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Never Smile At A Crocodile -- Unless It's Healing Your Infection

Crocodiles have immune systems far stronger than the one in human beings. Evolutionarily, it's not a surprise: crocs engage in deadly territorial battles leaving participants covered in wounds (and often missing limbs) -- all the while in environmental conditions filled with some pretty nasty pathogens. And yet crocodiles rarely suffer from infection; it turns out that the crocodile immune system literally tears apart bacteria. Now researchers working in Australia's Northern Territory are looking at ways to use crocodile immune system as an antibiotic for humans.

Initial studies of the crocodile immune system in 1998 found that several proteins (antibodies) in the reptile's blood killed bacteria that were resistant to penicillin, such as Staphylococcus aureus or golden staph, Australian scientist Adam Britton told Reuters on Tuesday. It was also a more powerful killer of the HIV virus than the human immune system. [...] "We may be able to have antibiotics that you take orally, potentially also antibiotics that you could run topically on wounds, say diabetic ulcer wounds; burn patients often have their skin infected and things like that," said [researcher Mark] Merchant.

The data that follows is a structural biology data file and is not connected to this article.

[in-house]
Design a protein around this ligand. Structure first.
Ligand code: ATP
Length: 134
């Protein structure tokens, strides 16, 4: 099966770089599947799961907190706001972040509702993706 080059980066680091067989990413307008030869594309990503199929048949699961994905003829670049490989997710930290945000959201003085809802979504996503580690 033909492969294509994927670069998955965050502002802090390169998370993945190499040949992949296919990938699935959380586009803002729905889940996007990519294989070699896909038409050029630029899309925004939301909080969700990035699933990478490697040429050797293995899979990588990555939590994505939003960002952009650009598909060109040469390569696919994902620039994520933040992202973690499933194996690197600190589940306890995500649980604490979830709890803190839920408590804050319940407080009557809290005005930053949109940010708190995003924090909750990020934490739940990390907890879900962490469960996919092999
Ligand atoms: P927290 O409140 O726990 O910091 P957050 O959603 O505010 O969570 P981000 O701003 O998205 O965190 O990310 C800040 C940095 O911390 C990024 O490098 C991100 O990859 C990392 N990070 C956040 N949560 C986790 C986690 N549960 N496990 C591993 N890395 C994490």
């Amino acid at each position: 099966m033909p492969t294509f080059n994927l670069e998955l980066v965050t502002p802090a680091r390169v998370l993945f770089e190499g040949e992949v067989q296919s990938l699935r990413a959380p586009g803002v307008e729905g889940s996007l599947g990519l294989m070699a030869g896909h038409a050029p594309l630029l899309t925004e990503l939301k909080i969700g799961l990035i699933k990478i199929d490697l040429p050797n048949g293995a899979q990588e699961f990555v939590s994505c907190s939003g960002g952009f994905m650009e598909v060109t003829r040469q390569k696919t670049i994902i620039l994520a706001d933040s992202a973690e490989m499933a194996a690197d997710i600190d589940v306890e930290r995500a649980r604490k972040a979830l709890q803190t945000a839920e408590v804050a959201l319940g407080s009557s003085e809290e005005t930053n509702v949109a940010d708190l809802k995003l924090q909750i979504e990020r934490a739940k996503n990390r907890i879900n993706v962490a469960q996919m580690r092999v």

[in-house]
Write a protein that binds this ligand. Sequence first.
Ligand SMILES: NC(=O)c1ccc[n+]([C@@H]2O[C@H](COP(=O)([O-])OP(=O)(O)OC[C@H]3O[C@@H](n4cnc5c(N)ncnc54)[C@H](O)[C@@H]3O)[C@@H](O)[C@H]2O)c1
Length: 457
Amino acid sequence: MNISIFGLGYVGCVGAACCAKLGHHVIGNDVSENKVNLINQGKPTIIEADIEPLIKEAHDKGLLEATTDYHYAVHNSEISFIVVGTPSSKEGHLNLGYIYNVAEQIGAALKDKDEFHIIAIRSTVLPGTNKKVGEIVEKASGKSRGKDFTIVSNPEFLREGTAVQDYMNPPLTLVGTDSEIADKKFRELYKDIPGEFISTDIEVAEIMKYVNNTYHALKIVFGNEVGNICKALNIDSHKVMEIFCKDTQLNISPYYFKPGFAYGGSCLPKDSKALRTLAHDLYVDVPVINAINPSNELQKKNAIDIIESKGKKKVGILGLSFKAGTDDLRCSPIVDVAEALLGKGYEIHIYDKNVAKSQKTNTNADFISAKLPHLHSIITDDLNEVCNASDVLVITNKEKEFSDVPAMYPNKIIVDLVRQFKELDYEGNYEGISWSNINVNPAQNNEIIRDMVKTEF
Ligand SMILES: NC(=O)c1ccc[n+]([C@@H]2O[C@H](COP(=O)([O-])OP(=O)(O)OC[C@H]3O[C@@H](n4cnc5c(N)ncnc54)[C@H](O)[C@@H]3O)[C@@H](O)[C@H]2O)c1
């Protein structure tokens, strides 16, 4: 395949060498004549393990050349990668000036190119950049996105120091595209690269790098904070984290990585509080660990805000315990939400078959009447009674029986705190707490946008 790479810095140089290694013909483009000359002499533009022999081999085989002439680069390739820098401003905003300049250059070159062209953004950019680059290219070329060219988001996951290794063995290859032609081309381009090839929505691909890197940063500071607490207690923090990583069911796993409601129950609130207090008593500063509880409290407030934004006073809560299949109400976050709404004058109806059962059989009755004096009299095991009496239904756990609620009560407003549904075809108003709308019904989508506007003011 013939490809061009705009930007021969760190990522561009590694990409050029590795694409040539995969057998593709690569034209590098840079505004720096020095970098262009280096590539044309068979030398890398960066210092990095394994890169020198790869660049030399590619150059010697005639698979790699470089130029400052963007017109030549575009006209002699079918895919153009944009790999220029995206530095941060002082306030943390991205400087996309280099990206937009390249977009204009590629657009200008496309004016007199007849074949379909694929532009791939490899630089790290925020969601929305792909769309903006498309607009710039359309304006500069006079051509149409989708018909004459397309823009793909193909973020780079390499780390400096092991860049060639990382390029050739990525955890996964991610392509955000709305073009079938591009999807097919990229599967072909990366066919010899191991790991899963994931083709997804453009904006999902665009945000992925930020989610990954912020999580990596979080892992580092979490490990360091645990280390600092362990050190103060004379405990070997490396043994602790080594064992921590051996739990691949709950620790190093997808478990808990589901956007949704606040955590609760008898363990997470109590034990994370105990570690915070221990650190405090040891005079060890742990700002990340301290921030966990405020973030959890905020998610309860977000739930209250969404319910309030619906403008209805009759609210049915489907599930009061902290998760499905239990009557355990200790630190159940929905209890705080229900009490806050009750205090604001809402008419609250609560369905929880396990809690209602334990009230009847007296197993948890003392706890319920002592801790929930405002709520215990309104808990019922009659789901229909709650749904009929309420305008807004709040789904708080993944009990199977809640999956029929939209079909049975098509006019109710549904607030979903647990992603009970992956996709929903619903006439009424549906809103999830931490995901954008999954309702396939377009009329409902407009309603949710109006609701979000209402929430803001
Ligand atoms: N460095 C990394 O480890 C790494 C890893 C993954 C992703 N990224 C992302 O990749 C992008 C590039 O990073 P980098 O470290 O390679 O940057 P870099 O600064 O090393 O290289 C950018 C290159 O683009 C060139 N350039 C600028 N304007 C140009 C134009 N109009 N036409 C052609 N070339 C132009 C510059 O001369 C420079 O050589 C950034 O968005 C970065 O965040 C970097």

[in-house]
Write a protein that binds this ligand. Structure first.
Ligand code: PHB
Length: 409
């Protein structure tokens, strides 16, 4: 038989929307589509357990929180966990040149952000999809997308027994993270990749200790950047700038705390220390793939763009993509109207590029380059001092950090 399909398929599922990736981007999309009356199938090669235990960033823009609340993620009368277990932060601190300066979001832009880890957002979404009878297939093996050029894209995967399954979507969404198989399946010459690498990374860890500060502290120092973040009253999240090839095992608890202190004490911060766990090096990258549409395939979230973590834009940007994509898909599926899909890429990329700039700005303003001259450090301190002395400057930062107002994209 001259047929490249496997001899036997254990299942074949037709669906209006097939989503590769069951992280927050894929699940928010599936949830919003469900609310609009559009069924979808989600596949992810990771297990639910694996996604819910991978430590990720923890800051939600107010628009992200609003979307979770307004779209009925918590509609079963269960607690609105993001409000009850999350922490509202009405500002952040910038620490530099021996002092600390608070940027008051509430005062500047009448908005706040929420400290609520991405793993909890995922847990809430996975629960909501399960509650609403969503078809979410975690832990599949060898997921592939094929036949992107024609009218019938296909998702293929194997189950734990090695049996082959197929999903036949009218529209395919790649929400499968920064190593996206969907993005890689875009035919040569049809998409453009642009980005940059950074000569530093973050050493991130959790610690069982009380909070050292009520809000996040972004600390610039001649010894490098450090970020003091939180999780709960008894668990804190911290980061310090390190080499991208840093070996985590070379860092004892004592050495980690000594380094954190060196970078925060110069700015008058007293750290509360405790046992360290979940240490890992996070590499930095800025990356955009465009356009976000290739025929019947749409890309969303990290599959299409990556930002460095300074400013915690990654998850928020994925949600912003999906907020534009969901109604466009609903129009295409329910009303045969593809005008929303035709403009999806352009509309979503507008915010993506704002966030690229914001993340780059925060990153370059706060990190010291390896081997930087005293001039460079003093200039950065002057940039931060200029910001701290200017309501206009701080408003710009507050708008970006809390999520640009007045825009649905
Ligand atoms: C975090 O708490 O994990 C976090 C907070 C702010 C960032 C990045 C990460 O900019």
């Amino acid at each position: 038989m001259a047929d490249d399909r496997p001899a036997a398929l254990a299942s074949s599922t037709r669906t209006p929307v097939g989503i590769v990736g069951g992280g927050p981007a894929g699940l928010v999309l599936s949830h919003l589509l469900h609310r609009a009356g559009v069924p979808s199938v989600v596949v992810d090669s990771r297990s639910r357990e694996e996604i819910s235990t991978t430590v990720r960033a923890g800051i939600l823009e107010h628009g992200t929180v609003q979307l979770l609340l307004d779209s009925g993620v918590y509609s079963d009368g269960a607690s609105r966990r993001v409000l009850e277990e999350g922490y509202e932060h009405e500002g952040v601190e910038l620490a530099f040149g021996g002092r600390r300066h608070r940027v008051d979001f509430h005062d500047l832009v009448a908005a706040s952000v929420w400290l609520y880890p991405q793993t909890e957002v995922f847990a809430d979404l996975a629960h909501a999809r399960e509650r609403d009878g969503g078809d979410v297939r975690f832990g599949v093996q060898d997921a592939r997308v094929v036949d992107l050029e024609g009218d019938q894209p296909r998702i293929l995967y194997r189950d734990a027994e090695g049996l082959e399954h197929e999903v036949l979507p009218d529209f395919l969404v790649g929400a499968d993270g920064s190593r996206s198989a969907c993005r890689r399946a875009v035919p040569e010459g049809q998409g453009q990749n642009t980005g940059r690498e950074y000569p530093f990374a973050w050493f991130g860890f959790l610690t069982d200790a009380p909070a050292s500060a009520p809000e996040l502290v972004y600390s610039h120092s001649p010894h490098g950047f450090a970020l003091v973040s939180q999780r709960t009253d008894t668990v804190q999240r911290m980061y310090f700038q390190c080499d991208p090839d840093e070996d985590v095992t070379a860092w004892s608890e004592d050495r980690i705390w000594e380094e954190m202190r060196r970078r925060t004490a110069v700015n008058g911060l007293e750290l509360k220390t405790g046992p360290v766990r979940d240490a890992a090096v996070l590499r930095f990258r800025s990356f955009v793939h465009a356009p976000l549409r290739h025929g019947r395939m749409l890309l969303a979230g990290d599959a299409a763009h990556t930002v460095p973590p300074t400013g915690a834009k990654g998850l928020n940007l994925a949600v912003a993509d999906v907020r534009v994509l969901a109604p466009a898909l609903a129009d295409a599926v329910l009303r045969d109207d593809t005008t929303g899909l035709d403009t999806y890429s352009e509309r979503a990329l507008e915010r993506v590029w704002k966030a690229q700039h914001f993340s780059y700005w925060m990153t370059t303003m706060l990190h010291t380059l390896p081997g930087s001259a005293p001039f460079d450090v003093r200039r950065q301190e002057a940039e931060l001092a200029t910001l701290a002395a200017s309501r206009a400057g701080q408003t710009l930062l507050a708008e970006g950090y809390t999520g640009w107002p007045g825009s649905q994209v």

The use of crocodilian blood as the base for a powerful experimental medicine might sound like a plot twist in an upcoming Spider-Man or Batman movie, but it comes at the right time: there are now mutated forms of staph immune to all but the most powerful (and dangerous to patients) antibiotics.

Comments (1)

Maribth Tennison:

Does anyone know where to get any crocodile pectin for bacterial/viral treatment?


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